We use cookies and other similar technologies (Cookies) to enhance your experience and to provide you with relevant content and ads. By using our website, you are agreeing to the use of Cookies. You can change your settings at any time. Cookie Policy.

IT Directions

Keith Harrison-Broninski

Derisking Software Development via Business Modelling

Vote 0 Votes
As a consultant I often advise large-scale software development projects that have got themselves into trouble, or fear they are about to.  The root causes are wide ranging, but more often than not, the problems arise from mistakes and/or omissions very early in the development lifecycle.  This is such an old story that one has to wonder - why have people not yet learned that a stitch in time saves nine?

The answer, I believe, is that mainstream approaches to the software development lifecycle still lack mature techniques and accompanying tools in the early stages.  For example, even when a project makes an effort to construct use cases they often turn out to add low value.  This may partly be because use case design has been stripped of entity modeling aspects included in its original formulation, aspects designed by Ivar Jacobson to help ensure the viability of use cases.  However, a deeper reason is that current techniques used early in the development lifecycle are incomplete.  We need more than better use cases - we need more than use cases per se.

Despite dramatic improvements in the last few years in many aspects of software production, such as the emergence of agile practices (including practices associated with iteration such as test-first coding) and higher-level code generation techniques (ranging from programming tools such as "model-driven architecture" to systems for process and rule definition), there have been only minor improvements to the way in which people understand the business drivers that cause software to be constructed in the first place.

For example, consider Rational Unified Process (RUP), which thanks to adoption by IBM is one of the most widely used software development methodologies.  Proponents of RUP claim that it is an almost universal technique, offering support for iterative approaches despite its traditional waterfall origins.  RUP has given rise to an "open" descendant, Open Unified Process (OUP) which is also touted as being adaptable to pretty much any software project.

RUP and OUP place particular emphasis on the early stages of a project, with "Construction" being deferred until the third of four phases, and practitioners being encouraged to use structured disciplines for Business Modeling and Requirements Analysis.  However, dig a little deeper and the picture starts to develop cracks.

In particular, the "Inception" phase of RUP is supposed to include development of a "business model".  What exactly is a business model?  Well, who knows - certainly, there is little in RUP itself (or the accompanying IBM toolset) to explain the term.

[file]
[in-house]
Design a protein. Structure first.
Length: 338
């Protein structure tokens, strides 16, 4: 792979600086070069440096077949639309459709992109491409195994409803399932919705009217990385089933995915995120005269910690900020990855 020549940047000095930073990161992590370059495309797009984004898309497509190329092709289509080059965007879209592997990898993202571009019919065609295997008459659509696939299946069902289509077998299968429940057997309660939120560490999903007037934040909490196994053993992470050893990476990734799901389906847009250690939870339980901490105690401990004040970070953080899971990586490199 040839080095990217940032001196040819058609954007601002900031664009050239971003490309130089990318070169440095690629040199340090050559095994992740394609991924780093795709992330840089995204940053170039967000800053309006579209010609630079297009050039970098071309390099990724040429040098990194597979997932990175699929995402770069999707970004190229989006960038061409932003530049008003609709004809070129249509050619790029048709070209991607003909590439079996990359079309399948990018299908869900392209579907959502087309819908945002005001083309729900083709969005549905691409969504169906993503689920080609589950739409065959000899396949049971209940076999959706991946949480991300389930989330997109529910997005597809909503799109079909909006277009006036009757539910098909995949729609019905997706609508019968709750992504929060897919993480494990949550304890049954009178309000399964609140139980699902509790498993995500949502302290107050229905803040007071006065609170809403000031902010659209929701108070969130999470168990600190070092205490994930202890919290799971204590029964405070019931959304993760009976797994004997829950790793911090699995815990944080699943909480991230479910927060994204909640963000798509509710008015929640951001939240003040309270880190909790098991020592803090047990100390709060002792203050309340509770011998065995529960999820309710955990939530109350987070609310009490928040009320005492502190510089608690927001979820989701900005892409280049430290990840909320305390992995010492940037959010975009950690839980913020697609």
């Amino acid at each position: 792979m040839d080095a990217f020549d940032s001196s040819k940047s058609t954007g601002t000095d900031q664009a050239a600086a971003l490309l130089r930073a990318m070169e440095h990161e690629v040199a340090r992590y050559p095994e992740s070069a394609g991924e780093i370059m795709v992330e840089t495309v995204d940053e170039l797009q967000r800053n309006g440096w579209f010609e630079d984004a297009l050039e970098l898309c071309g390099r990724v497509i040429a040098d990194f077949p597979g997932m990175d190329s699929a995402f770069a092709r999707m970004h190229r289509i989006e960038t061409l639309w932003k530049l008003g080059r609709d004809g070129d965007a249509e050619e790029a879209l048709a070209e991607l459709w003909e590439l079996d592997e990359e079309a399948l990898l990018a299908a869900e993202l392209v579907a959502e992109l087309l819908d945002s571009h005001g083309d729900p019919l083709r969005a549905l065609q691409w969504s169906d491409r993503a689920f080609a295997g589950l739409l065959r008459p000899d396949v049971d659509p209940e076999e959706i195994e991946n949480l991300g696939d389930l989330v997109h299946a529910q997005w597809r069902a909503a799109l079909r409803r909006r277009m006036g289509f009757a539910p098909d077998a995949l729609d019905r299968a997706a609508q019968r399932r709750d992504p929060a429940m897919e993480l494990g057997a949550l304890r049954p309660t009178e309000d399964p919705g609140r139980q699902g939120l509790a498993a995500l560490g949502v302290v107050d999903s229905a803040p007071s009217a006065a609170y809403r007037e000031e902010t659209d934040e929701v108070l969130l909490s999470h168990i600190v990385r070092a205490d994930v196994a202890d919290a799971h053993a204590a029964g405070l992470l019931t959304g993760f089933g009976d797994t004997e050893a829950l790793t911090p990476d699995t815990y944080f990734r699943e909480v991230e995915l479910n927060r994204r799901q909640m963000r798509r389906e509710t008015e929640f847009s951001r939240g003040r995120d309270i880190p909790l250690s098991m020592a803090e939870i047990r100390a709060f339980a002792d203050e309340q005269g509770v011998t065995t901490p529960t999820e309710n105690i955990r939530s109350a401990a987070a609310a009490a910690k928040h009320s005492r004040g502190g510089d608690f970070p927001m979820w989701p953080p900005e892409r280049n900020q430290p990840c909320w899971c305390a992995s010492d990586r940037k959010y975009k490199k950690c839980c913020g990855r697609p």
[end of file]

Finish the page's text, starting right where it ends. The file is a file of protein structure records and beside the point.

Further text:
The main clue is mention of "business" use cases, as opposed to "system" use cases.  This is a useful distinction, but not a very clear one, and does not go anywhere near far enough.  Where are the business objects of primary value identified, their lifecycles described, their stakeholders defined, and the interactions between these stakeholders captured?  Where are the drivers for high-level system strategy, and the mechanisms for implementation of this strategy?  How are domain security models to be understood and related to user experience models?


Mistakes and omissions made early in a software development project are always the most expensive sort.  Unfortunately, they are also by far the most common sort.

In this new series of blog articles, I will be suggesting ways that you can improve the early stages of the software development lifecycle, by reference to the business modelling techniques of Goal-Oriented Organization Design (GOOD).  GOOD was created as a methodology to assist implementation of Human Interaction Management (HIM) techniques and tools - and a key driver for HIM itself was innovation in requirements analysis (see the HIM Web site for details).

If you are interested to learn how business motivation modelling, process architecture, organizational design, edge stories, user profiles and classic scenarios can help you capture and analyse requirements more effectively, then stay tuned to this blog.


Very helpful post...

Great teaser, please, release the other posts of the new series ASAP :)

Keith Harrison-Broninski cuts through the hype in his hands-on guide to where enterprise IT is really going

Keith Harrison-Broninski

Keith Harrison-Broninski is a researcher, writer, keynote speaker, software architect and consultant working at the forefront of the IT and business worlds.


 Subscribe in a reader

Recently Commented On

Monthly Archives